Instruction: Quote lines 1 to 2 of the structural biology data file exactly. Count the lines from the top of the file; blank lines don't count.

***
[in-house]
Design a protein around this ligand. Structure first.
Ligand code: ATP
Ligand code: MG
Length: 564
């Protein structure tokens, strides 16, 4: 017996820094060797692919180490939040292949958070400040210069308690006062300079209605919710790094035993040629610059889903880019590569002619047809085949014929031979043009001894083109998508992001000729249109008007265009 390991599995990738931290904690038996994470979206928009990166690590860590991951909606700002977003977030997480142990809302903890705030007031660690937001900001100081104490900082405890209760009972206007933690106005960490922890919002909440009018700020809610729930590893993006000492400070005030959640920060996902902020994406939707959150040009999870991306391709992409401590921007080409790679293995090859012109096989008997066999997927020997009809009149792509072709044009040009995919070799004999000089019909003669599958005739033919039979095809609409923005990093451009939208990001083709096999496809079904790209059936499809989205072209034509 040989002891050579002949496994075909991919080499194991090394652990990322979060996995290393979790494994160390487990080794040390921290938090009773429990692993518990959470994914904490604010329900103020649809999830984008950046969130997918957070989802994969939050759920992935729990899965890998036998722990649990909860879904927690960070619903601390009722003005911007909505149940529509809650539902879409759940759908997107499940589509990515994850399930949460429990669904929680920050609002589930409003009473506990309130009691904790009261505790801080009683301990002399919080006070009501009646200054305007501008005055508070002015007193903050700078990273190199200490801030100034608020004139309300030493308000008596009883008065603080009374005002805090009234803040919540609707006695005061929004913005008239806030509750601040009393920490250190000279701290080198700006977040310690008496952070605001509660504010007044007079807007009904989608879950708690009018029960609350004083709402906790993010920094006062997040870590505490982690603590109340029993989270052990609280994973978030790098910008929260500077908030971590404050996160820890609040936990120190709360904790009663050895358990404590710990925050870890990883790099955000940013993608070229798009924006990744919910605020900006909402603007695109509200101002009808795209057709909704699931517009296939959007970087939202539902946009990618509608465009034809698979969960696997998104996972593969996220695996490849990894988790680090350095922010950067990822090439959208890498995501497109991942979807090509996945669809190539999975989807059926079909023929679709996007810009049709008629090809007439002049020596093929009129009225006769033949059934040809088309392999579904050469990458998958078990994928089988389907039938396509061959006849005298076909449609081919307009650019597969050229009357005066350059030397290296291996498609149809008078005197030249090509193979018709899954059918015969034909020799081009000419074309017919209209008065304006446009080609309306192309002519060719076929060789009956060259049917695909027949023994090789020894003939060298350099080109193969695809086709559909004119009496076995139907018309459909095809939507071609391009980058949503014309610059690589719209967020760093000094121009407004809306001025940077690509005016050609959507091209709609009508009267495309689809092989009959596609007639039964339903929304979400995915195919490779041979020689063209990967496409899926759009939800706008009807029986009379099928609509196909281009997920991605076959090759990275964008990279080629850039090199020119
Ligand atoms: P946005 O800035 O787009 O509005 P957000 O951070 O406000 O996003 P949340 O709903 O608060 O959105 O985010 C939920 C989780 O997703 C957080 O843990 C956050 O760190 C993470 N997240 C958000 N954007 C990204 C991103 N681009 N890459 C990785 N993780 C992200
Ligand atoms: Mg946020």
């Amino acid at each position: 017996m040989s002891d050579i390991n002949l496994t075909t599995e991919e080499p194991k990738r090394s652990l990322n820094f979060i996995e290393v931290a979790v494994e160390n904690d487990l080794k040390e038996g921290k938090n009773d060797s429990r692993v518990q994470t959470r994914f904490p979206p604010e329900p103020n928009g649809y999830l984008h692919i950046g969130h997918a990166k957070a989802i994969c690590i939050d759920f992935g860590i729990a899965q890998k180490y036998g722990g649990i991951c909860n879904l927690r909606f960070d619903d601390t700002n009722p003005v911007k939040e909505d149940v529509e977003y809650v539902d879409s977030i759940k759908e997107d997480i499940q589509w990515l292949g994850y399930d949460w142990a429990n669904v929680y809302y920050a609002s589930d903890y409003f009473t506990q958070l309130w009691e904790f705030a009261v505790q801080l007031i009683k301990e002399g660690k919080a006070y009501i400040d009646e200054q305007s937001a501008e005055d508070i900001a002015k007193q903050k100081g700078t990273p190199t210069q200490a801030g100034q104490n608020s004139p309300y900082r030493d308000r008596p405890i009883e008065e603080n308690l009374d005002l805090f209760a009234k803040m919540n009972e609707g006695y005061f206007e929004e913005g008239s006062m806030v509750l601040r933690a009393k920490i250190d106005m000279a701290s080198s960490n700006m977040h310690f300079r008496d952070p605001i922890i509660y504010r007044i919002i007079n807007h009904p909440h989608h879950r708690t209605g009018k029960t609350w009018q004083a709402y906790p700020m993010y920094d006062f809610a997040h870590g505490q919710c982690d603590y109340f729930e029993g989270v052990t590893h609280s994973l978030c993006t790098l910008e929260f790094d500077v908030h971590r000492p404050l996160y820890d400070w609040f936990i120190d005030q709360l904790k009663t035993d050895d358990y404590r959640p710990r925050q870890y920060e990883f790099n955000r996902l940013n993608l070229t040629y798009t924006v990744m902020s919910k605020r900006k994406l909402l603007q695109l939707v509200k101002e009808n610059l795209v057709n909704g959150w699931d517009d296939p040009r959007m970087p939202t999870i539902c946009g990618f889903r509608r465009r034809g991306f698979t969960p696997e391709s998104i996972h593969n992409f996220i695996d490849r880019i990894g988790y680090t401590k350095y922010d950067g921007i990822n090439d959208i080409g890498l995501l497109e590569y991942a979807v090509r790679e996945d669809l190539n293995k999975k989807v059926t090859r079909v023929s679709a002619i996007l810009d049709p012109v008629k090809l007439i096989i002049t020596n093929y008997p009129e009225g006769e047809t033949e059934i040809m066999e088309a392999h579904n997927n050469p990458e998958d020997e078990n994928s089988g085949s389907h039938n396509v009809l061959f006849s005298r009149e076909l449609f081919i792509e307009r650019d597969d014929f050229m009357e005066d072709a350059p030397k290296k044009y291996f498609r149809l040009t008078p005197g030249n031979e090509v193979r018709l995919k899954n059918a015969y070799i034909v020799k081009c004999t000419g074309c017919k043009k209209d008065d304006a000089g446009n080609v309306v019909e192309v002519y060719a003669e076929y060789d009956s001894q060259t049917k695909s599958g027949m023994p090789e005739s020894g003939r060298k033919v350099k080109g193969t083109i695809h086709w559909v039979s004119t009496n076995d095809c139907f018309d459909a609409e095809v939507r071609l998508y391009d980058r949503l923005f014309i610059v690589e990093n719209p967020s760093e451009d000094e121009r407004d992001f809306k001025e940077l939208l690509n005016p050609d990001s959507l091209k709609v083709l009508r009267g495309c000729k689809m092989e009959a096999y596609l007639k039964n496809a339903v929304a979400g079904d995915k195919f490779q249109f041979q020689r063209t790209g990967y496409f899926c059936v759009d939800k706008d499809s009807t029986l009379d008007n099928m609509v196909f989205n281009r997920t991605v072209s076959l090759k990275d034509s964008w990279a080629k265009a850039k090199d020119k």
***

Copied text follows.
[in-house]
Design a protein around this ligand. Structure first.